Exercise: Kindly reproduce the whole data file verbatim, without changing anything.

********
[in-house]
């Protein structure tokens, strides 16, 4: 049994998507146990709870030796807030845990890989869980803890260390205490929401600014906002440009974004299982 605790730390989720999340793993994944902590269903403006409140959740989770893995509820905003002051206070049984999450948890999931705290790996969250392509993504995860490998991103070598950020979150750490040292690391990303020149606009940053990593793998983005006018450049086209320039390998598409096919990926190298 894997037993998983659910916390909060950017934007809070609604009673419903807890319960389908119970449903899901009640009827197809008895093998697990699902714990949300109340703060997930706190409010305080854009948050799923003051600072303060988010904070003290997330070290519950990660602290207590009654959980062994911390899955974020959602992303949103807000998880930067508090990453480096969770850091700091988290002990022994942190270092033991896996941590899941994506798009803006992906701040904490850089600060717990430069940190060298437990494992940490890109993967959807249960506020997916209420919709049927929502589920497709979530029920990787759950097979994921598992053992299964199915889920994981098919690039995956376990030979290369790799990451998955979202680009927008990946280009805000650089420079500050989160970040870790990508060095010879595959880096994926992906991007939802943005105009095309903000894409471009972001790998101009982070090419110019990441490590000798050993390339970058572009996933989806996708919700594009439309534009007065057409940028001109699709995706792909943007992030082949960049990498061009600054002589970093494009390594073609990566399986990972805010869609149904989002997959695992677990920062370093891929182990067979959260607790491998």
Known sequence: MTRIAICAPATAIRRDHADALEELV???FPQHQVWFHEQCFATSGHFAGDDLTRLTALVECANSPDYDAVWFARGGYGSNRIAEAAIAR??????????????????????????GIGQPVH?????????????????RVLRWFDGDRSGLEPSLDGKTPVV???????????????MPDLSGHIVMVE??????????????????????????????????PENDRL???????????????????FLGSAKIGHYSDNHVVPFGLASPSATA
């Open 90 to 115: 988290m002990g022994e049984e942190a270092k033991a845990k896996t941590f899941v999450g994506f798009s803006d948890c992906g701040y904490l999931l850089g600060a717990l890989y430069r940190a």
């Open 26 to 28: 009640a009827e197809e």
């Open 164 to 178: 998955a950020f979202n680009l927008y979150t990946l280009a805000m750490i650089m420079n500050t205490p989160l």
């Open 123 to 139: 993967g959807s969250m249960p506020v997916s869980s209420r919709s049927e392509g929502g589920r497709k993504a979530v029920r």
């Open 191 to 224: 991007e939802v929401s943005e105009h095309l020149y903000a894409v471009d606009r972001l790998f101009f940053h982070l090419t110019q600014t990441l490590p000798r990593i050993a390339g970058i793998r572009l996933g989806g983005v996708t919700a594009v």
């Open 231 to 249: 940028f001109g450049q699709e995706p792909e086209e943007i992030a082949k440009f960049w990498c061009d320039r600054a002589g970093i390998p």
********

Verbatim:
[in-house]
């Protein structure tokens, strides 16, 4: 049994998507146990709870030796807030845990890989869980803890260390205490929401600014906002440009974004299982 605790730390989720999340793993994944902590269903403006409140959740989770893995509820905003002051206070049984999450948890999931705290790996969250392509993504995860490998991103070598950020979150750490040292690391990303020149606009940053990593793998983005006018450049086209320039390998598409096919990926190298 894997037993998983659910916390909060950017934007809070609604009673419903807890319960389908119970449903899901009640009827197809008895093998697990699902714990949300109340703060997930706190409010305080854009948050799923003051600072303060988010904070003290997330070290519950990660602290207590009654959980062994911390899955974020959602992303949103807000998880930067508090990453480096969770850091700091988290002990022994942190270092033991896996941590899941994506798009803006992906701040904490850089600060717990430069940190060298437990494992940490890109993967959807249960506020997916209420919709049927929502589920497709979530029920990787759950097979994921598992053992299964199915889920994981098919690039995956376990030979290369790799990451998955979202680009927008990946280009805000650089420079500050989160970040870790990508060095010879595959880096994926992906991007939802943005105009095309903000894409471009972001790998101009982070090419110019990441490590000798050993390339970058572009996933989806996708919700594009439309534009007065057409940028001109699709995706792909943007992030082949960049990498061009600054002589970093494009390594073609990566399986990972805010869609149904989002997959695992677990920062370093891929182990067979959260607790491998």
Known sequence: MTRIAICAPATAIRRDHADALEELV???FPQHQVWFHEQCFATSGHFAGDDLTRLTALVECANSPDYDAVWFARGGYGSNRIAEAAIAR??????????????????????????GIGQPVH?????????????????RVLRWFDGDRSGLEPSLDGKTPVV???????????????MPDLSGHIVMVE??????????????????????????????????PENDRL???????????????????FLGSAKIGHYSDNHVVPFGLASPSATA
């Open 90 to 115: 988290m002990g022994e049984e942190a270092k033991a845990k896996t941590f899941v999450g994506f798009s803006d948890c992906g701040y904490l999931l850089g600060a717990l890989y430069r940190a």
């Open 26 to 28: 009640a009827e197809e």
């Open 164 to 178: 998955a950020f979202n680009l927008y979150t990946l280009a805000m750490i650089m420079n500050t205490p989160l």
């Open 123 to 139: 993967g959807s969250m249960p506020v997916s869980s209420r919709s049927e392509g929502g589920r497709k993504a979530v029920r």
């Open 191 to 224: 991007e939802v929401s943005e105009h095309l020149y903000a894409v471009d606009r972001l790998f101009f940053h982070l090419t110019q600014t990441l490590p000798r990593i050993a390339g970058i793998r572009l996933g989806g983005v996708t919700a594009v």
């Open 231 to 249: 940028f001109g450049q699709e995706p792909e086209e943007i992030a082949k440009f960049w990498c061009d320039r600054a002589g970093i390998p």